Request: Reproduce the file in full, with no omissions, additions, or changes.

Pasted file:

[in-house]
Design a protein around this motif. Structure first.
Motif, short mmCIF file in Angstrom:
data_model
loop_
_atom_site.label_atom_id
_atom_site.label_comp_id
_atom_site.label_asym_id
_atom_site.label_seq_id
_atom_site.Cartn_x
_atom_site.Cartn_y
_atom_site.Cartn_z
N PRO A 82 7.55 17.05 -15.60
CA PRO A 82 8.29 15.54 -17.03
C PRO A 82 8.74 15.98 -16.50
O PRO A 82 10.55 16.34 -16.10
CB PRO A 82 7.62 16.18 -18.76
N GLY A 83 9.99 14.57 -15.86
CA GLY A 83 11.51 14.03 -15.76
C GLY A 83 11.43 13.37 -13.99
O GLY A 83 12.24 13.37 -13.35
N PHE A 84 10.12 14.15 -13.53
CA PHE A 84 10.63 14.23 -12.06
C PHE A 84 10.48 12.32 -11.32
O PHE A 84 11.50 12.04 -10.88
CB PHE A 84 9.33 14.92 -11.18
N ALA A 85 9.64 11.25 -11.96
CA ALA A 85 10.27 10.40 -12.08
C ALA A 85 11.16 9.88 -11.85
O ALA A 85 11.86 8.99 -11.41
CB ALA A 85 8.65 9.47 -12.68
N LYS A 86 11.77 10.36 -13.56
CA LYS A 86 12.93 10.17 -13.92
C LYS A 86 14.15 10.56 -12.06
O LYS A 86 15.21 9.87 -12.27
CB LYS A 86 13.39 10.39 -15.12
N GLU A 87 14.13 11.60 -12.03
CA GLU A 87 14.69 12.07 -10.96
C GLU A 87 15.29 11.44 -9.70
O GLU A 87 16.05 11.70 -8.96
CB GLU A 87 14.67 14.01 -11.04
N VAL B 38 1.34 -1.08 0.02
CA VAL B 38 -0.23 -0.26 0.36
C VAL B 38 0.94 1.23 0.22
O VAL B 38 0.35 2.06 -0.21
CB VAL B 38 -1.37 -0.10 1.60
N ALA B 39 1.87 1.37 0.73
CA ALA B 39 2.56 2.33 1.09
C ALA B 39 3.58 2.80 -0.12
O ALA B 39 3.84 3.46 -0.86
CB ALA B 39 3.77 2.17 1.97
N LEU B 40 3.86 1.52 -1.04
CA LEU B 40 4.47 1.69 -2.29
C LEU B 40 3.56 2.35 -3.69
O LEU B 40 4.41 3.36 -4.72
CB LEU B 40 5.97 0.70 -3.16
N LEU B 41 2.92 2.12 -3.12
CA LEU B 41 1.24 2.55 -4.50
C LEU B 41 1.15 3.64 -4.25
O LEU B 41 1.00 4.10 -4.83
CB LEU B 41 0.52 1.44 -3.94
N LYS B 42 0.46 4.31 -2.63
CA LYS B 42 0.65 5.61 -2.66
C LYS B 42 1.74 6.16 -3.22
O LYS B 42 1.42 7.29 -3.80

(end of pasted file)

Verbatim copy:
[in-house]
Design a protein around this motif. Structure first.
Motif, short mmCIF file in Angstrom:
data_model
loop_
_atom_site.label_atom_id
_atom_site.label_comp_id
_atom_site.label_asym_id
_atom_site.label_seq_id
_atom_site.Cartn_x
_atom_site.Cartn_y
_atom_site.Cartn_z
N PRO A 82 7.55 17.05 -15.60
CA PRO A 82 8.29 15.54 -17.03
C PRO A 82 8.74 15.98 -16.50
O PRO A 82 10.55 16.34 -16.10
CB PRO A 82 7.62 16.18 -18.76
N GLY A 83 9.99 14.57 -15.86
CA GLY A 83 11.51 14.03 -15.76
C GLY A 83 11.43 13.37 -13.99
O GLY A 83 12.24 13.37 -13.35
N PHE A 84 10.12 14.15 -13.53
CA PHE A 84 10.63 14.23 -12.06
C PHE A 84 10.48 12.32 -11.32
O PHE A 84 11.50 12.04 -10.88
CB PHE A 84 9.33 14.92 -11.18
N ALA A 85 9.64 11.25 -11.96
CA ALA A 85 10.27 10.40 -12.08
C ALA A 85 11.16 9.88 -11.85
O ALA A 85 11.86 8.99 -11.41
CB ALA A 85 8.65 9.47 -12.68
N LYS A 86 11.77 10.36 -13.56
CA LYS A 86 12.93 10.17 -13.92
C LYS A 86 14.15 10.56 -12.06
O LYS A 86 15.21 9.87 -12.27
CB LYS A 86 13.39 10.39 -15.12
N GLU A 87 14.13 11.60 -12.03
CA GLU A 87 14.69 12.07 -10.96
C GLU A 87 15.29 11.44 -9.70
O GLU A 87 16.05 11.70 -8.96
CB GLU A 87 14.67 14.01 -11.04
N VAL B 38 1.34 -1.08 0.02
CA VAL B 38 -0.23 -0.26 0.36
C VAL B 38 0.94 1.23 0.22
O VAL B 38 0.35 2.06 -0.21
CB VAL B 38 -1.37 -0.10 1.60
N ALA B 39 1.87 1.37 0.73
CA ALA B 39 2.56 2.33 1.09
C ALA B 39 3.58 2.80 -0.12
O ALA B 39 3.84 3.46 -0.86
CB ALA B 39 3.77 2.17 1.97
N LEU B 40 3.86 1.52 -1.04
CA LEU B 40 4.47 1.69 -2.29
C LEU B 40 3.56 2.35 -3.69
O LEU B 40 4.41 3.36 -4.72
CB LEU B 40 5.97 0.70 -3.16
N LEU B 41 2.92 2.12 -3.12
CA LEU B 41 1.24 2.55 -4.50
C LEU B 41 1.15 3.64 -4.25
O LEU B 41 1.00 4.10 -4.83
CB LEU B 41 0.52 1.44 -3.94
N LYS B 42 0.46 4.31 -2.63
CA LYS B 42 0.65 5.61 -2.66
C LYS B 42 1.74 6.16 -3.22
O LYS B 42 1.42 7.29 -3.80